Jazz  •  Free Jazz

Free Jazz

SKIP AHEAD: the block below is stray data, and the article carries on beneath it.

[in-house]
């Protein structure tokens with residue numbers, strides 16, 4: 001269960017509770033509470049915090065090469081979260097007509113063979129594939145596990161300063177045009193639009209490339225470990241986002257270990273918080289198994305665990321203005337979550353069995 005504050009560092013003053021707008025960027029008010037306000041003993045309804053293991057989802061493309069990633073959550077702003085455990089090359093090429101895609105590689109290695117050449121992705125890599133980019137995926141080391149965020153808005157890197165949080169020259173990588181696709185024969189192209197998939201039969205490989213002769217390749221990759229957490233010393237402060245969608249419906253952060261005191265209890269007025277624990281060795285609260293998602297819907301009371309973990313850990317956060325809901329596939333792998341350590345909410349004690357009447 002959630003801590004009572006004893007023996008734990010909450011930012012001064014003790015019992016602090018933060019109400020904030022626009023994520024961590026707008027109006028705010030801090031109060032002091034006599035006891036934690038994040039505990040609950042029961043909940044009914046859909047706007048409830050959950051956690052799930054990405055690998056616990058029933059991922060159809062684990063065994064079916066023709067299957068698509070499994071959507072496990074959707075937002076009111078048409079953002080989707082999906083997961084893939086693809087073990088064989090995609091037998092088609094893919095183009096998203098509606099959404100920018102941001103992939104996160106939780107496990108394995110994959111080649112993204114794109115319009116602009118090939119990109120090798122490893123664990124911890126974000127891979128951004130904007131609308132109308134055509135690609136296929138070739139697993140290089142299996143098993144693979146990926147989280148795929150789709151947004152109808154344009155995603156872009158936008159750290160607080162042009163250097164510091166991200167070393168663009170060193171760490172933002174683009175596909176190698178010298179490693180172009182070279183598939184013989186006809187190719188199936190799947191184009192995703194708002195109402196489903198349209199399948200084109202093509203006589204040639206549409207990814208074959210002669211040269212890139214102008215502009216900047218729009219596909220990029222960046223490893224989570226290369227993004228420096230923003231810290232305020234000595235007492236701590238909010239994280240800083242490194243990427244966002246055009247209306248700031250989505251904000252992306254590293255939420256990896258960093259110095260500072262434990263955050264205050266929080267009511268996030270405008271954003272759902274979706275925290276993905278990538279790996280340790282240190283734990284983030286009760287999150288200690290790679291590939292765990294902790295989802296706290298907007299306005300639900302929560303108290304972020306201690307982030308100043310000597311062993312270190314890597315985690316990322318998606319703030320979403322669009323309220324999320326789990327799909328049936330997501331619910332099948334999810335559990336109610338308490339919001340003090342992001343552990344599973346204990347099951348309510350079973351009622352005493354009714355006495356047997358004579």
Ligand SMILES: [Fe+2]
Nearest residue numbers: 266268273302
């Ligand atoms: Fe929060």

Dixieland and swing stylists improvise melodically, and bop, cool, and hard bop players follow chord structures in their solos. Free Jazz was a radical departure from past styles, for typically after playing a quick theme, the soloist does not have to follow any progression or structure and can go in any unpredictable direction. When Ornette Coleman largely introduced free jazz to New York audiences (although Cecil Taylor had preceded him with less publicity), many bop musicians and fans debated about whether what was being played would even qualify as music; the radicals had become conservatives in less than 15 years. Free jazz, which overlaps with the avant garde (the latter can use arrangements and sometimes fairly tight frameworks), remains a controversial and mostly underground style, influencing the modern mainstream while often being ignored. Having dispensed with many of the rules as far as pitch, rhythm, and development are concerned (although it need not be atonal or lack a steady pulse to be free jazz), the success of a free jazz performance can be measured by the musicianship and imagination of the performers, how colorful the music is, and whether it seems logical or merely random.